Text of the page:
John: And this is the benefit of the digital world. We looked at things on large screens, with software to measure what you’re seeing—all of that supported a lot of hypotheses. And the palette of slip to make these paintings is extraordinary. It’s not just one white and one black and one red and one orange, it’s many many blacks, many many oranges, many many yellows, all to get just the right shades, the right colors. It’s basically like making a watercolor painting on a ceramic vessel. That’s extraordinary. Absolutely extraordinary.
For me, the perfect pot was kind of the portal into these ceramics. The pot has glyphs painted on it. I looked at these glyphs under the microscope and realized that the person who painted the glyphs used a pointed stylus to clean every edge, so every glyph is perfect. It’s not something you would see with the naked eye, it’s not something you’d normally look for. That level of craftsmanship kept translating through that vessel. Whether it’s the walls, the slip—this person wanted the most perfect pot that they could achieve. And they certainly achieved it. It’s just unbelievable. There was a certain level of ceramic achievement in these vessels that I had not recognized prior to this project.
How did your individual area of expertise contribute to the project?
Megan: There’s so much complexity in all of this. You have to know the iconography, the chemistry, the clay, the materials available to them, firing… We’d have a meeting, we would make progress, and we often ended those meetings with a question, and we’d all run to our respective stacks of literature then come back to the table. And then we would say, well, this is what someone says about what they’re putting in the clay to make it withstand the firing. Or, this is what someone suggests is in the slip, or something like that. John also would often have insights in his car—there’s a value to commuting in Los Angeles.
John: We could not have gotten to the bottom of a lot of these answers if we did not have the group assembled as it was, with each person’s different perspective. Different conversations would be happening and I’d hear something and these bits and pieces of information were fodder to think about what was happening with this vessel and why. No one person would have been able to extract all the information out of the wares.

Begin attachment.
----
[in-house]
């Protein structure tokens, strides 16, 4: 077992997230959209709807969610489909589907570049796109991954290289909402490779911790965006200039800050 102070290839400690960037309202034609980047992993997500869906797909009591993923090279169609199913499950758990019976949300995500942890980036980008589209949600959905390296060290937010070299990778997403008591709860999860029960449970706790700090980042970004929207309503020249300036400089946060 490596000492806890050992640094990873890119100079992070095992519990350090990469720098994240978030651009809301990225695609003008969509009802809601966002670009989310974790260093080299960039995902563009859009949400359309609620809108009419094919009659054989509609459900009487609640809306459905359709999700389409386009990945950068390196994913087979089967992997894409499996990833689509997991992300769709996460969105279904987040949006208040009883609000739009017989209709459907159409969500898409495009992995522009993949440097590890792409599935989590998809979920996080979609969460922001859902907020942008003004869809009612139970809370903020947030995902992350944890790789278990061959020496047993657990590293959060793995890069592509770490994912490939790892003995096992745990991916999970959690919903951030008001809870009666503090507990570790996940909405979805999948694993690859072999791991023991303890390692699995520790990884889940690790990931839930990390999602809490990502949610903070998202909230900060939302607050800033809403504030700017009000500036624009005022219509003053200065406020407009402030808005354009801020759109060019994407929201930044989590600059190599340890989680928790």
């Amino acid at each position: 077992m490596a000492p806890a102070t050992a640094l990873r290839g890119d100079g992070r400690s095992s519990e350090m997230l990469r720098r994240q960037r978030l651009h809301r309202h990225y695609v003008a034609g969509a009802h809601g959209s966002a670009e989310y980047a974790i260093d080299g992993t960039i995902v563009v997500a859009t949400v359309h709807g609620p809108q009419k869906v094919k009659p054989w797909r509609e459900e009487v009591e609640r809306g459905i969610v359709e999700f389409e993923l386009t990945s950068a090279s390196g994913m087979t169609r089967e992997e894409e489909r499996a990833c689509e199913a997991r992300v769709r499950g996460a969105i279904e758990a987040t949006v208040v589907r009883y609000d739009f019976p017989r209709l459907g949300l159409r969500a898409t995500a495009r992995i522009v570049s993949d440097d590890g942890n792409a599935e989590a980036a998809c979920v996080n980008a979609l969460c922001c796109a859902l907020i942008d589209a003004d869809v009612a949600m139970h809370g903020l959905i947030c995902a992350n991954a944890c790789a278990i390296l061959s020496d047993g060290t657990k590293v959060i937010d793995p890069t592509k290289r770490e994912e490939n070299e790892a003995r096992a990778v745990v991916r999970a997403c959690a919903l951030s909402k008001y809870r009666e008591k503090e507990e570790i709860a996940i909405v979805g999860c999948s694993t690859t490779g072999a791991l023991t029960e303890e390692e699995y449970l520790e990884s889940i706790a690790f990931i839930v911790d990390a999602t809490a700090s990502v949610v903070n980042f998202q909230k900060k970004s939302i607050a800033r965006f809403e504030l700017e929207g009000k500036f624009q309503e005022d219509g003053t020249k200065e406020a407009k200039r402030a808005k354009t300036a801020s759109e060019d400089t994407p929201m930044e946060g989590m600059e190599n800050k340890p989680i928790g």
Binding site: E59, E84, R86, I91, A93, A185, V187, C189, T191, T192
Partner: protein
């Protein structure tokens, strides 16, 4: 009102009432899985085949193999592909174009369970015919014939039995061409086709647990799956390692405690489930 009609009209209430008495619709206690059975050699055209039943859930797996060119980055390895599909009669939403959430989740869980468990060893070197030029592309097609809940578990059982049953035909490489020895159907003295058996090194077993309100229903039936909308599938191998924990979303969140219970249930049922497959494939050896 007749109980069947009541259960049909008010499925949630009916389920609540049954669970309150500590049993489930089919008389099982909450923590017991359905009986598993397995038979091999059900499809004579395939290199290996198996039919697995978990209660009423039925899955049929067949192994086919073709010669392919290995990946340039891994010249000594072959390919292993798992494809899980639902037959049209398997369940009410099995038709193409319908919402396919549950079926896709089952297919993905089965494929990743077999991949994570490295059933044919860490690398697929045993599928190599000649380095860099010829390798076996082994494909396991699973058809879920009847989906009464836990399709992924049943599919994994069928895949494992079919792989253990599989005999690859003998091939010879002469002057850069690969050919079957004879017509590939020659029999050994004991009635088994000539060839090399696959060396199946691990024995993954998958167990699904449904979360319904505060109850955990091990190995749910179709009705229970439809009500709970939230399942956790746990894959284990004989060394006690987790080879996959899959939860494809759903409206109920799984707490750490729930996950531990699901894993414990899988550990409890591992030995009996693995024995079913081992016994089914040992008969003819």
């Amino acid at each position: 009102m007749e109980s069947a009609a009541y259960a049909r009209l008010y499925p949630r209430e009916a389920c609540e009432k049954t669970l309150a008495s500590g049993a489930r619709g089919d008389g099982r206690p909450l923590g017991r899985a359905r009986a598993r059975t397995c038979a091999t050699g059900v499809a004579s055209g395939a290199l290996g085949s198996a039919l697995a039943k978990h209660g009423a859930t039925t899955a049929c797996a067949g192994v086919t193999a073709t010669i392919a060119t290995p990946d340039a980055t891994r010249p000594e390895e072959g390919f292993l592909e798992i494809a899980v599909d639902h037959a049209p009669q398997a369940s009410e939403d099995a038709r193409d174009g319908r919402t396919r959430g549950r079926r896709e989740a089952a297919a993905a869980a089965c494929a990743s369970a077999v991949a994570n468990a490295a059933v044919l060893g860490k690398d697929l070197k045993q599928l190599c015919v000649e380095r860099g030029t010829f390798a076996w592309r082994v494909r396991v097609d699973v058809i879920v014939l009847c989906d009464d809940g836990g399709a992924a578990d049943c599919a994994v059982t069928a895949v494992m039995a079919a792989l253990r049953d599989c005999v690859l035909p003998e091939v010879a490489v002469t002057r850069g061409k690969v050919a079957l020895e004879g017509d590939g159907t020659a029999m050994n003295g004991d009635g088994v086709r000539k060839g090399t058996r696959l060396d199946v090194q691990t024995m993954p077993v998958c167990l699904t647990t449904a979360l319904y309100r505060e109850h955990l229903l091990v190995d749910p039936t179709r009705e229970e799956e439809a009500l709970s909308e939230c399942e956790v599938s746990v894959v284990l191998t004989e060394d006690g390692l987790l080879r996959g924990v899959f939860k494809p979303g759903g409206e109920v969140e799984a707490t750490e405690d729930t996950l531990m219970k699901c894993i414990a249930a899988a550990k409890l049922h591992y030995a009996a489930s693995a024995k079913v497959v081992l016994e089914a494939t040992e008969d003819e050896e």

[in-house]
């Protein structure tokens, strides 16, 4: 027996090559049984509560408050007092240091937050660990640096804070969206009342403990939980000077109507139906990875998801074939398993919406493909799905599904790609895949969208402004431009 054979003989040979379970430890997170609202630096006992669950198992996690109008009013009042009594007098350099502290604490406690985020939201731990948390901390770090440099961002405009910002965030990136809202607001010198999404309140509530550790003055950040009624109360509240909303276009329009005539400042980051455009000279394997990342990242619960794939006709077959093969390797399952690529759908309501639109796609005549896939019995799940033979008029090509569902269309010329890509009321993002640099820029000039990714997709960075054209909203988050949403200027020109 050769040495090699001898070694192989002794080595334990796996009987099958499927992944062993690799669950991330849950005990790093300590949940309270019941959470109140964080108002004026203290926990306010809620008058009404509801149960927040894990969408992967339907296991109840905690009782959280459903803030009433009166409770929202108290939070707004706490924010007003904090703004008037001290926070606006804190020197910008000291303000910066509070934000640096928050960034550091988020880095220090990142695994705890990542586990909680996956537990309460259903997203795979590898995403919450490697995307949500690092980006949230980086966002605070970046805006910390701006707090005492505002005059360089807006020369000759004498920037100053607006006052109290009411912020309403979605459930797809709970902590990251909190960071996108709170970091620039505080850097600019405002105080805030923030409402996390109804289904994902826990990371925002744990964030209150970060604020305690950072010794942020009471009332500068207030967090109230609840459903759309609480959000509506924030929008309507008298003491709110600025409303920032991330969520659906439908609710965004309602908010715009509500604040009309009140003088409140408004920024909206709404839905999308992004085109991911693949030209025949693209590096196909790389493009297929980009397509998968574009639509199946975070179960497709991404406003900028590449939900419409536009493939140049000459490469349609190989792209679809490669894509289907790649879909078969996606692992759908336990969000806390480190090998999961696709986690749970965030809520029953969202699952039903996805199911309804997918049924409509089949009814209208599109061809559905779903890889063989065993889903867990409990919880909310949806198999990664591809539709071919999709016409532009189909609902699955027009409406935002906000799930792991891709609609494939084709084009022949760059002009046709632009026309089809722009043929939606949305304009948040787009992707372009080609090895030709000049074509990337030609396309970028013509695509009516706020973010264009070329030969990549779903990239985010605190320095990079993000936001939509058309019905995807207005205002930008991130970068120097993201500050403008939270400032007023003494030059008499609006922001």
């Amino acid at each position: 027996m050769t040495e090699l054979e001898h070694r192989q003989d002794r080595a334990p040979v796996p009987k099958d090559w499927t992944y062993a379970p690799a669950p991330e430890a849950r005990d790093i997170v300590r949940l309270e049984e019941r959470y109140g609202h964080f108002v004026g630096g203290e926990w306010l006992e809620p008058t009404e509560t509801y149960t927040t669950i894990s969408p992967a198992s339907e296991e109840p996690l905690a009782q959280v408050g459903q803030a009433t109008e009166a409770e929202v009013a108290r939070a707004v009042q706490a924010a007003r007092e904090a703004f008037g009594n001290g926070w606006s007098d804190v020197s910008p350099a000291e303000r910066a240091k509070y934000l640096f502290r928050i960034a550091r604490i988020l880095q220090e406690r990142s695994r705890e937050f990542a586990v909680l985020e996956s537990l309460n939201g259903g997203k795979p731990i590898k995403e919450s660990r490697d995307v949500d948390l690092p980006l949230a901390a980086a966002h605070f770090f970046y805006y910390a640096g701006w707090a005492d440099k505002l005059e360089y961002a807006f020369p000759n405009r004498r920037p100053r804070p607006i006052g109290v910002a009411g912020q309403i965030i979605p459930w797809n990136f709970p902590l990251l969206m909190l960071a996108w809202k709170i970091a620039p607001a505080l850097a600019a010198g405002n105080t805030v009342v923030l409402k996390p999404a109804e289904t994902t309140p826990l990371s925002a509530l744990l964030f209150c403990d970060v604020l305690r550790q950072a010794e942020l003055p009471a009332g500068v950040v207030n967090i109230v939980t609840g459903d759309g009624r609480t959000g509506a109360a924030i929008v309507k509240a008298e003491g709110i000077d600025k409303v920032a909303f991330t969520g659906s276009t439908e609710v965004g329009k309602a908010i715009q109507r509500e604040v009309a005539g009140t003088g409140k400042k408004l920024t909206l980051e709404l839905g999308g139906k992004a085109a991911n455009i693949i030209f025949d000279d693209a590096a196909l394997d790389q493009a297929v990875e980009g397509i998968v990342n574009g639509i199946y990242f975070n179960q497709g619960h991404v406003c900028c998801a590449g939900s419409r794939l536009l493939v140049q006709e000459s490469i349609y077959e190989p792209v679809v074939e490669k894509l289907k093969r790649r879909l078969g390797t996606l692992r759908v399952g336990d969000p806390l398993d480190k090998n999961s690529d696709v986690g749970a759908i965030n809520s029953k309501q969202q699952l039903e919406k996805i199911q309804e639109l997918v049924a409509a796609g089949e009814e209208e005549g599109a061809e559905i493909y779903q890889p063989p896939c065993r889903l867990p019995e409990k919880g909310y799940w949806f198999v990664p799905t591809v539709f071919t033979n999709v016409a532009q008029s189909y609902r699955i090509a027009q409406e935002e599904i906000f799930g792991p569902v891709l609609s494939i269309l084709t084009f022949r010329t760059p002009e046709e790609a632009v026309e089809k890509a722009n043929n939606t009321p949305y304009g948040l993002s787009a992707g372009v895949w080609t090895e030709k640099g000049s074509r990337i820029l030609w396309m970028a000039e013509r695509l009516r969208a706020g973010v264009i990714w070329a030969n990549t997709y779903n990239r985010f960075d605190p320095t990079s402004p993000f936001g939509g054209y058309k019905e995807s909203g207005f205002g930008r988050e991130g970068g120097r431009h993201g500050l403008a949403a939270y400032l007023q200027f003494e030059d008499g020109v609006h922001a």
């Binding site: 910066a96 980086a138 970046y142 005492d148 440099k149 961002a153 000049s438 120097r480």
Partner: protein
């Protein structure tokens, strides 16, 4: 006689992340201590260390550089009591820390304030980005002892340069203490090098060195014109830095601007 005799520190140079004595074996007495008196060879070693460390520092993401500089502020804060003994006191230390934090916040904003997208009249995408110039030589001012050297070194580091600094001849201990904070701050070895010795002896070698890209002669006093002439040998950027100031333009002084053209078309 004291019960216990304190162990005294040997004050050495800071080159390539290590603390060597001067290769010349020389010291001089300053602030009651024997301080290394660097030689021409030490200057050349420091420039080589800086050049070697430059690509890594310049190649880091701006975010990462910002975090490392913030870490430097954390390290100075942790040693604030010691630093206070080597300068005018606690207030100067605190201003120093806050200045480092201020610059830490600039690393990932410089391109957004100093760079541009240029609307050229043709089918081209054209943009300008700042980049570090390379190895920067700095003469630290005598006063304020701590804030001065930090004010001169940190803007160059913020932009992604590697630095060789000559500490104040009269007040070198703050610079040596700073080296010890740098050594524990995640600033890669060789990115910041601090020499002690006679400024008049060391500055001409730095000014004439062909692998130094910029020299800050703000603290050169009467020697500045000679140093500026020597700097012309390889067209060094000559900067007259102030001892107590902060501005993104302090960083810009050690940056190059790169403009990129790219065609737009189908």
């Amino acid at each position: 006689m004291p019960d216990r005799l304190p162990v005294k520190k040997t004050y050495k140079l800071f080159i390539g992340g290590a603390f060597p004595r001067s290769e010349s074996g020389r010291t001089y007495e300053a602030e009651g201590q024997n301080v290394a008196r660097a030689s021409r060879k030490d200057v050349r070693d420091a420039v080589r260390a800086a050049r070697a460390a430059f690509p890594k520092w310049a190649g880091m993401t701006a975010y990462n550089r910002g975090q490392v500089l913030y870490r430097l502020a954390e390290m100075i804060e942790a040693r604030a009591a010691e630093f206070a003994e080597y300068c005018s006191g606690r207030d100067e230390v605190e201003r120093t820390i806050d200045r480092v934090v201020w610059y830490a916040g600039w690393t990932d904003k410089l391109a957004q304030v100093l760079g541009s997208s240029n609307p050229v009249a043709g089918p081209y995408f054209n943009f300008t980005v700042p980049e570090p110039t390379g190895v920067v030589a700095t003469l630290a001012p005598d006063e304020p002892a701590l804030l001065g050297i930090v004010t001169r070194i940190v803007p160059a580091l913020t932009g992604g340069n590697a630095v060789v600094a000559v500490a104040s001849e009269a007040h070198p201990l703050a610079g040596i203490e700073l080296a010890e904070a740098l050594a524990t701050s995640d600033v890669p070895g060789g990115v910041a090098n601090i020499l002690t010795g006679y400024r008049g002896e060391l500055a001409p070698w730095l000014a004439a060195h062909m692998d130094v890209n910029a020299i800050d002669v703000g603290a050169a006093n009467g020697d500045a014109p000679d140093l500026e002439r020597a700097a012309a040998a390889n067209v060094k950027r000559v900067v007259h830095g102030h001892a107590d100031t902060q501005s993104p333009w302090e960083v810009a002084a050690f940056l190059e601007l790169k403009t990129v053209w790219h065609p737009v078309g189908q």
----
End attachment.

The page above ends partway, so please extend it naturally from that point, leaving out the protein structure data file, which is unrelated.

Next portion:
Megan: And it also seems like John’s expertise in ceramics from other areas of the world helps him with looking at Maya materials.
Megan: He would often bring up his studies of Islamic tiles and say this was what we found when we studied that; could that apply here? Maybe yes, maybe no, but that kind of questioning is similar to what we do in comparative art history or anthropology. We have more information from the Egyptians or the Greeks, for example, because they recorded more information that survives; can that information or those questions help us with interpreting—or at least raising questions about—ancient Maya artworks and civilization?
John, you mentioned your training in ceramics. What made you want to go into conservation?
John: I couldn’t see myself sitting making coffee mugs by the hundreds of thousands. I wanted to be in a discipline where there is never an end to learning. You can never know enough as a conservator; it’s impossible. At the time that I was thinking about career paths, the Italians were working on the cleaning of the Last Supper. And I thought, hmmm. A conservator has to pull together studio, art history, science, and engineering, all to make this conservator package. And that to me was very interesting.
Did your background as a potter inform the way you approached this project?
John: A lot. How something is made is just part of our training as conservators, so I’m always disassembling an object and putting it together again in my mind. But if I hadn’t been trained as a potter, I wouldn’t have been able to answer the curators’ questions. You have to have worked in all these different temperatures and color palettes, and to have studied ceramics in museum collections.
So-and-so says it’s done this way, but is that person a potter? No, it’s just someone throwing out an idea. They’re not really interpreting the evidence correctly. For the questions we were asking, looking at a pot didn’t give you all the answers. You need analytical techniques.